New study shows that men who usually post and/or edit selfies score high in anti-social behavior such as narcissism and psychopathy. Researchers also found that male selfie-fans have underlying insecurity issues and are prone to self-objectification just like women do.
Additionally, men who use to edit their selfie before posting them on social media platforms scored high both in self-objectification and narcissism. Editing includes cropping the images or simply adding filters.
Researchers said that their findings contradicted previous social belief that men wouldn’t even bother editing their selfies. In fact, narcissistic men put a lot of effort into editing their personal photos.
Study participants who scored high in psychopathy, however, did not edit their selfies.
“That makes sense because psychopathy is characterized by impulsivity. They are going to snap the photos and put them online right away. They want to see themselves. They don’t want to spend time editing,”
Jesse Fox, lead author of the study, said that it was no surprise that men who post a lot of selfies and spend time editing them would score higher in narcissistic behavior. However, the study is the first to actually confirm that hypothesis.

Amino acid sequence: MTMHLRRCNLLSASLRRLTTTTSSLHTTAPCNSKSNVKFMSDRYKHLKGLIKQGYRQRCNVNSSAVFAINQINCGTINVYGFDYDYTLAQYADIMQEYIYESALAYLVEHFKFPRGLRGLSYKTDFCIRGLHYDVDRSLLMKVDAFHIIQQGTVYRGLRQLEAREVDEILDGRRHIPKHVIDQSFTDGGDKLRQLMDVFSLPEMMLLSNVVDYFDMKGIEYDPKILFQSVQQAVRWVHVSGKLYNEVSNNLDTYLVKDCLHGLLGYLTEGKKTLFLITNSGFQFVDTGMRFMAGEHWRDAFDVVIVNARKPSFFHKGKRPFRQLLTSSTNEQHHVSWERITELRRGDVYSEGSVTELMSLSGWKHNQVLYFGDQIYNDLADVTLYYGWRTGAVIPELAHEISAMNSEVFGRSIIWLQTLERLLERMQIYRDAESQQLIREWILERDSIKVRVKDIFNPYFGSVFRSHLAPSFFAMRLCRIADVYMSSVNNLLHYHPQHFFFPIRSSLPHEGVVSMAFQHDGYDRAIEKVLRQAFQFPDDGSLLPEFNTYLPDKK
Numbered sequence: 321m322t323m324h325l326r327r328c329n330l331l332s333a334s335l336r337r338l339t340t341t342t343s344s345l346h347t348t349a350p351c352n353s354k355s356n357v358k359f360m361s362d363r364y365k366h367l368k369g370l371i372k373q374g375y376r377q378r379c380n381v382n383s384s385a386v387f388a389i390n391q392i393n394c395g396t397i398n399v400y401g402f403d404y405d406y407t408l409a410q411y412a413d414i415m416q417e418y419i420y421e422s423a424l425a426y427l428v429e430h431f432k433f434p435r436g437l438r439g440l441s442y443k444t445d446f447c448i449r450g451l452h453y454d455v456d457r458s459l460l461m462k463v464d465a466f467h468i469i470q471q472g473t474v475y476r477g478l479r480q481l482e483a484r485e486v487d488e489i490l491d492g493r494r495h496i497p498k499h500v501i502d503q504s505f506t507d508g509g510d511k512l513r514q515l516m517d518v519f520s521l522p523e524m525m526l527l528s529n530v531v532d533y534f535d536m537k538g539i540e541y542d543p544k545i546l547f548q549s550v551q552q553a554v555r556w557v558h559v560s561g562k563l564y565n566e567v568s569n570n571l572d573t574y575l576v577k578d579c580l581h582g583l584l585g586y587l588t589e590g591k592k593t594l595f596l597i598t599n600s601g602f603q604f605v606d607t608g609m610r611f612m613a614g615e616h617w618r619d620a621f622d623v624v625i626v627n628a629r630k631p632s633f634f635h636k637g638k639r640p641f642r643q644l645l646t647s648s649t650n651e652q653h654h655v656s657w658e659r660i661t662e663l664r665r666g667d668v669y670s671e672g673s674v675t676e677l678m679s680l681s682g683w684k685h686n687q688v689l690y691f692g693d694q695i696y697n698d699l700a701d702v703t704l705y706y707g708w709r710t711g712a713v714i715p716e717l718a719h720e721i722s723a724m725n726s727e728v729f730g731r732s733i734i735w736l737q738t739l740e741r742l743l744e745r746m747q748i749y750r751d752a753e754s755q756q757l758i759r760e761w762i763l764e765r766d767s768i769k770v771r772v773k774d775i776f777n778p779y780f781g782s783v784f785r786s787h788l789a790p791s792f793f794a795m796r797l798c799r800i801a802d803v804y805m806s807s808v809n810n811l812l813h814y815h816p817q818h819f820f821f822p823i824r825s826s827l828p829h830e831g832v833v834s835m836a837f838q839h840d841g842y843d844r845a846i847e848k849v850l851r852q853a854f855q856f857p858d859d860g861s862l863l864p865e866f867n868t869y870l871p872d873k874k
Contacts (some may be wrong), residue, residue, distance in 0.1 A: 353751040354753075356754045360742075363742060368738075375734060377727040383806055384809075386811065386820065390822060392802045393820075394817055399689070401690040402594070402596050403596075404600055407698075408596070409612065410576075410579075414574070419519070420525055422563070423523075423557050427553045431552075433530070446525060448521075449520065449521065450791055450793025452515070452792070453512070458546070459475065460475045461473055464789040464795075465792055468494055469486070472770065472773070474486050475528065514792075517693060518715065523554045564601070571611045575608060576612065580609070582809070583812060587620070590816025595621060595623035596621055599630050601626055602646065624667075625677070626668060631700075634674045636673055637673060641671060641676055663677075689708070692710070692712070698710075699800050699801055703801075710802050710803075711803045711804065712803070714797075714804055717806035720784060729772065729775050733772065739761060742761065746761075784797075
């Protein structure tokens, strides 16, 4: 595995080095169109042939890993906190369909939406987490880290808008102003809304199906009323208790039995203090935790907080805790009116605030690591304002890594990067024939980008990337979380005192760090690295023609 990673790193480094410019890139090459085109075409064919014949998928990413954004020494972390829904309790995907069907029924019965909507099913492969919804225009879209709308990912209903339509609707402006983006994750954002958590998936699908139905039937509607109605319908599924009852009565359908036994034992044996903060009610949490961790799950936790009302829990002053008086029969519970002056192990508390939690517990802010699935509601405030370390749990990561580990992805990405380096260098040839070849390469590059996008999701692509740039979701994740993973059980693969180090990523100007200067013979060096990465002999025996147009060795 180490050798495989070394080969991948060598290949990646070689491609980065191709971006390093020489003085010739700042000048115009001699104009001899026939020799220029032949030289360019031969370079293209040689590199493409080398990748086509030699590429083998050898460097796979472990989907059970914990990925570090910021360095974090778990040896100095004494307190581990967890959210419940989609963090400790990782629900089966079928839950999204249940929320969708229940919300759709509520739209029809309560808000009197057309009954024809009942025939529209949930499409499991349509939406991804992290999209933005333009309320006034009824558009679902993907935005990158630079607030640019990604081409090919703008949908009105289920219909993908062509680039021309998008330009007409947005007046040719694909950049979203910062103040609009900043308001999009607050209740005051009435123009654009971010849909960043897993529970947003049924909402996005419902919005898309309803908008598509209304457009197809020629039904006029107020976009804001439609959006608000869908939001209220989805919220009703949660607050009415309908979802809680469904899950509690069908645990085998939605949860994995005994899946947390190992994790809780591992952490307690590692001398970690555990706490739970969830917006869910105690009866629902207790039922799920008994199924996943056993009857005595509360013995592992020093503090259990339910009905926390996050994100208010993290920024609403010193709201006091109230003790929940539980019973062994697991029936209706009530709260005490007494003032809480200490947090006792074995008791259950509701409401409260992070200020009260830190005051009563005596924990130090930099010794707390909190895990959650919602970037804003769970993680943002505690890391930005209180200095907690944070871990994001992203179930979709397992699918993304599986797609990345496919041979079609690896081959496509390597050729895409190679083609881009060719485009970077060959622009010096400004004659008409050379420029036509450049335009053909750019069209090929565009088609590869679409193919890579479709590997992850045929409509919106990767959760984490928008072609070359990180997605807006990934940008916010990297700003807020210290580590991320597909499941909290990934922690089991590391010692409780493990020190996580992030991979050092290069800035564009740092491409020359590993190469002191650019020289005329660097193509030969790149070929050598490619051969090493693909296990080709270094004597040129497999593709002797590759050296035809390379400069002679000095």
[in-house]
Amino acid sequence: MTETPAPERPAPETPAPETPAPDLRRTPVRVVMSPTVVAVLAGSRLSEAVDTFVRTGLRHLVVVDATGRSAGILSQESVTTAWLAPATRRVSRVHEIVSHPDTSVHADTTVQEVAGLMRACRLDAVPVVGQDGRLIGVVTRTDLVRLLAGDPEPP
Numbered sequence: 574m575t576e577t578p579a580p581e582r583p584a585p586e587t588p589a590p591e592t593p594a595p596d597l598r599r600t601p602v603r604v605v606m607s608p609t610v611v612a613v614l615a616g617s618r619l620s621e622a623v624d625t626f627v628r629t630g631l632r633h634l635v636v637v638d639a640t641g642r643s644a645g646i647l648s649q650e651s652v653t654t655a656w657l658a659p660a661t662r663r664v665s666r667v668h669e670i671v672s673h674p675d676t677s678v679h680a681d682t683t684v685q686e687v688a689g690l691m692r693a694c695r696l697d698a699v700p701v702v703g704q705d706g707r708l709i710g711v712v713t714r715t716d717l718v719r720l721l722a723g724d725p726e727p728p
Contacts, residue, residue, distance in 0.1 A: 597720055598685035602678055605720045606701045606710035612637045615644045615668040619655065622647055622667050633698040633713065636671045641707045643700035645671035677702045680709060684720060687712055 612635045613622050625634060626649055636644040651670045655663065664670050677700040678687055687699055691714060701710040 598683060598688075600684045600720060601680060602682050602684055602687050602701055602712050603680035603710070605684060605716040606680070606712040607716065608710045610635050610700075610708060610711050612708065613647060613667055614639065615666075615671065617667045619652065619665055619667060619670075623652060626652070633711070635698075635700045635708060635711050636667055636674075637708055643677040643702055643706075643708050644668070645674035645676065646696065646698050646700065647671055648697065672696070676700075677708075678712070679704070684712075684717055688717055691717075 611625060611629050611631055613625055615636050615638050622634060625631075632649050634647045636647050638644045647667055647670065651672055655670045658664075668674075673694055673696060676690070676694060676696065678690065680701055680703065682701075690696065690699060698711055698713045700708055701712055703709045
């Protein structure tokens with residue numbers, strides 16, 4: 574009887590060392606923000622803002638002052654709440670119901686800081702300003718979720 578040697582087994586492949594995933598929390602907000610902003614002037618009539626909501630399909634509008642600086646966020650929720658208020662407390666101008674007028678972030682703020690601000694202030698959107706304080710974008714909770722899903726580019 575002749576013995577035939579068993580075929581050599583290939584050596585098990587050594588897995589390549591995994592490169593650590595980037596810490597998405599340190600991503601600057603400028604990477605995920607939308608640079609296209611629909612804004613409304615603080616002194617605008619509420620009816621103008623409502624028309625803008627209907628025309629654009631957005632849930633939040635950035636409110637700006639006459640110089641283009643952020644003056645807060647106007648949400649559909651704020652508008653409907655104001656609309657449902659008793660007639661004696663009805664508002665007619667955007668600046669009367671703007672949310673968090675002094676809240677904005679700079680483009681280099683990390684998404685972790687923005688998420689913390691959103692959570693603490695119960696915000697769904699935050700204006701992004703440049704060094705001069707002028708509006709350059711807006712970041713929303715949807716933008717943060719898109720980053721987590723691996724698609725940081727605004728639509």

Men prone to take more selfies are also susceptible to self-objectification, study shows. Self-objectification means somebody values themselves for their physical looks, rather than other positive traits.
Mrs. Fox said that men involved in the study who edited their selfies had high scores in self-objectification. However, this behavior is representative for women and gay men, so it has been rarely studied in heterosexual men.
Researchers also said that self-objectification usually leads to depression and bulimia in women. They also linked the growing use of social media sites to people becoming more concerned about how they look. These people usually post selfies to get social recognition and artificially build their self-esteem by positive feedback and likes.
However, this toxic method of obtaining self-esteem through external validation is a self-reinforcing cycle. People usually tend to post selfies to get positive comments which make them post more selfies that trigger more feedback which encourages them to post even more selfies. This pattern of behavior leads to even more self-objectification, researchers concluded.
The study involved 800 men aged 18 to 40 who completed an on-line survey about their selfie posting behavior on social media. The findings were published online in “Personality and Individual Differences”.
As a follow-up study, researchers organized a similar survey for women. The results showed that women who usually post selfies also scored high in narcissistic and psychopathic behavior.
However, study authors said that all their study participants scored within the socially accepted range of such behaviors. No one represented a psychiatric case.
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